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devil duck

movies

This will be a rich couple of months for fantasy films: Order of the Phoenix in July, Stardust in August, The Dark is Rising in October, Beowulf in November, and The Golden Compass in December.

Order of the Phoenix, which everybody reading this has already seen, was well done, although as others have pointed out it's so fast-paced that it would be incomprehensible to any of the nine people on earth who haven't read the book, and there were (of course) a number of lines that I thought important that were either cut or transplanted to different characters, changing their meanings.

Stardust, which we saw tonight, is also quite well done. Robert DeNiro has way too much fun playing a pirate captain; Michelle Pfeiffer does as good a job as one would expect as a wicked witch; Clare Danes is (of course) radiant as the fallen star, and relative newcomer Charlie Cox is quite believable in the hero role of Tristan. The smaller role of "young Dunstan", Tristan's father, is played by the "yummy" (to quote my wife) Ben Barnes, who I gather is also playing Prince Caspian in the upcoming Prince Caspian and Voyage of the Dawn Treader. It's a straightforward fantasy romance with interesting, non-formulaic side characters. Now I have to finish re-reading the book.

I have low expectations for The Dark is Rising: although I enjoyed Susan Cooper's series of books thirty years ago, it looks from the previews to be fairly Hollywoodized (migrated from the UK to the US, among other things), and to have lost a lot of the Welsh-mythology atmosphere that made the books for me. I suspect that since this series is much less well-known than Harry Potter or Chronicles of Narnia, the studio felt they had to play heavily to an American teen audience. But I'll probably go see it anyway. And maybe re-read the book, although I fear the book may suffer from being read by an adult.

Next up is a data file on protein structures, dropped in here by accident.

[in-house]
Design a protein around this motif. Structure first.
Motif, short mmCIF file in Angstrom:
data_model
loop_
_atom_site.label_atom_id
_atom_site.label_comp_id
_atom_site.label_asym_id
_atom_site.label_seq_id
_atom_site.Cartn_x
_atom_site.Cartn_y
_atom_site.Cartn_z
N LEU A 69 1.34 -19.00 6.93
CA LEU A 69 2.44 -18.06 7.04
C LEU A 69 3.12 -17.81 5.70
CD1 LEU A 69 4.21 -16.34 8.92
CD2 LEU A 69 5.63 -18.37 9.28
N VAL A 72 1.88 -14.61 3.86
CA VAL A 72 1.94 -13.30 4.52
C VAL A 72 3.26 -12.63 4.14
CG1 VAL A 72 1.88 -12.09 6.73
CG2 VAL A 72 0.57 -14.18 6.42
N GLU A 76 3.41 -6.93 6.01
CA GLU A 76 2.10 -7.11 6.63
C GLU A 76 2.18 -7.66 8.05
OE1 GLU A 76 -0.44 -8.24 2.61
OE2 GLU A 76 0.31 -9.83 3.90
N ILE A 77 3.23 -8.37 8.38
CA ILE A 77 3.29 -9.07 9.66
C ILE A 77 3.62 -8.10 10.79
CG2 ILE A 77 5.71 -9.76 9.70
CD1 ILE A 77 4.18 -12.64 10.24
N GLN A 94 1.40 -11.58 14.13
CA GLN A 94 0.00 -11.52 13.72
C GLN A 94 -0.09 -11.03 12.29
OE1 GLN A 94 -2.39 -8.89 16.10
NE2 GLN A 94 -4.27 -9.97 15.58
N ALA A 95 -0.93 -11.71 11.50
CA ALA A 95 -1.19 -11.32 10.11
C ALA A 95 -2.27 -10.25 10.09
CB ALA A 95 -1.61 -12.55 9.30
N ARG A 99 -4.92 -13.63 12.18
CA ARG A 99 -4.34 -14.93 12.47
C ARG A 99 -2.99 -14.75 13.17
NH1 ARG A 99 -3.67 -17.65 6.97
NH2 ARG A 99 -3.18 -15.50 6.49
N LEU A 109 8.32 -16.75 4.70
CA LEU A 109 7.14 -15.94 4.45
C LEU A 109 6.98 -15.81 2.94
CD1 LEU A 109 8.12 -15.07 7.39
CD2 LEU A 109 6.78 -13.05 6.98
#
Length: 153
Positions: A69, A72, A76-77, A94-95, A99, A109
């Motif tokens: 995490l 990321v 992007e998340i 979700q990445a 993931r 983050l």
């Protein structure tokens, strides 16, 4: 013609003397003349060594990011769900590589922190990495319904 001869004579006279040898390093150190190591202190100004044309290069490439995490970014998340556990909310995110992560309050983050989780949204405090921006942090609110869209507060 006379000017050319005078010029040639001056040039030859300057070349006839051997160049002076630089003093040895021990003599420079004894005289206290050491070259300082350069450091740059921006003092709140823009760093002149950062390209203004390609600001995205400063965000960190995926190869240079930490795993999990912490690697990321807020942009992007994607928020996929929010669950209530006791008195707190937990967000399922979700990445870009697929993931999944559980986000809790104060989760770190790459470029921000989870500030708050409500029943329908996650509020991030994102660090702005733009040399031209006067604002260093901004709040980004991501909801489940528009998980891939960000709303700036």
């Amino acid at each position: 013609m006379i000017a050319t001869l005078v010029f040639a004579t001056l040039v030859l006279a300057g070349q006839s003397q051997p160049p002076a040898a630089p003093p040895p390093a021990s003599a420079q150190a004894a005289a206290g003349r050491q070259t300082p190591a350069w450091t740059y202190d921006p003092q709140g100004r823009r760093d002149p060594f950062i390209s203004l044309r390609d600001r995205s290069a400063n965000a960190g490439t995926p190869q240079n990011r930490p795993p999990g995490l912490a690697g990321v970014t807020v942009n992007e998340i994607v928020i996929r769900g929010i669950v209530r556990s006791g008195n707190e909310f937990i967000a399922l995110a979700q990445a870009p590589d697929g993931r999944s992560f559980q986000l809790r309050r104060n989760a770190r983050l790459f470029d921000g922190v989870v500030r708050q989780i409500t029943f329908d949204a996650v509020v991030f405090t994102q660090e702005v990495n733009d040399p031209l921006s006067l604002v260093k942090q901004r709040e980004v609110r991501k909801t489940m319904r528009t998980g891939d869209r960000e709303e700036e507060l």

Beowulf, from the previews, appears to have little to do with the saga, other than starring a powerful warrior (Hrothgar is corrupt? Grendel's mother tries to seduce Beowulf?), but has a lot of big-name stars, and another Neil Gaiman writing credit, so maybe this will all make sense somehow.

The Golden Compass looks more promising: the visuals are close to my mental image of the world, the casting matches my mental image of the characters, and the screen adaptation (from the previews) seems to "get" the same things I thought were important about the books. This looks like a "must-see".
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I also saw Stardust on Sunday. Very enjoyable on all accounts. The actor who played Tristan reminded me of a young Brendan Fraser. Hmmmmmm......frock coats.....
Prince Caspian? Oh excellent!!!

Did you get a preview of the Spiderwick chronicles? http://www.spiderwick.com/ I have not read the books, but the preview looked promising.

The preview for Beowulf looked like the director/ writer/ producer picked up a copy of the saga, casually flipped through it and then tossed it in the garbage with the words "well we won't be needing that". Ugh!

I'm excited for the Golden Compass, even though I was unaware of this book until I saw the preview before HP's OotP.
Did you get a preview of the Spiderwick chronicles? http://www.spiderwick.com/ I have not read the books, but the preview looked promising.

Yes, we saw that preview. I had never heard of the books; shalmestere had heard of them but not read them. At first blush the preview made me think of Bridge to Terabithia, which we saw on DVD two weeks ago while sewing for Pennsic, but I think this one spends more of its time in Faerie and less in Mundania.

I'm excited for the Golden Compass, even though I was unaware of this book until I saw the preview before HP's OotP.

Superb series of books. Pullman really has an eye for mythic imagery. All three books are dark and depressing, with little candle-flames of hope and human decency sprinkled here and there throughout the abyss. None of the characters are particularly likable or admirable, but they're utterly human (if somewhat magnified) and believable, and by the heartbreaking end of the third book you really care about them. I'll need to re-read them now....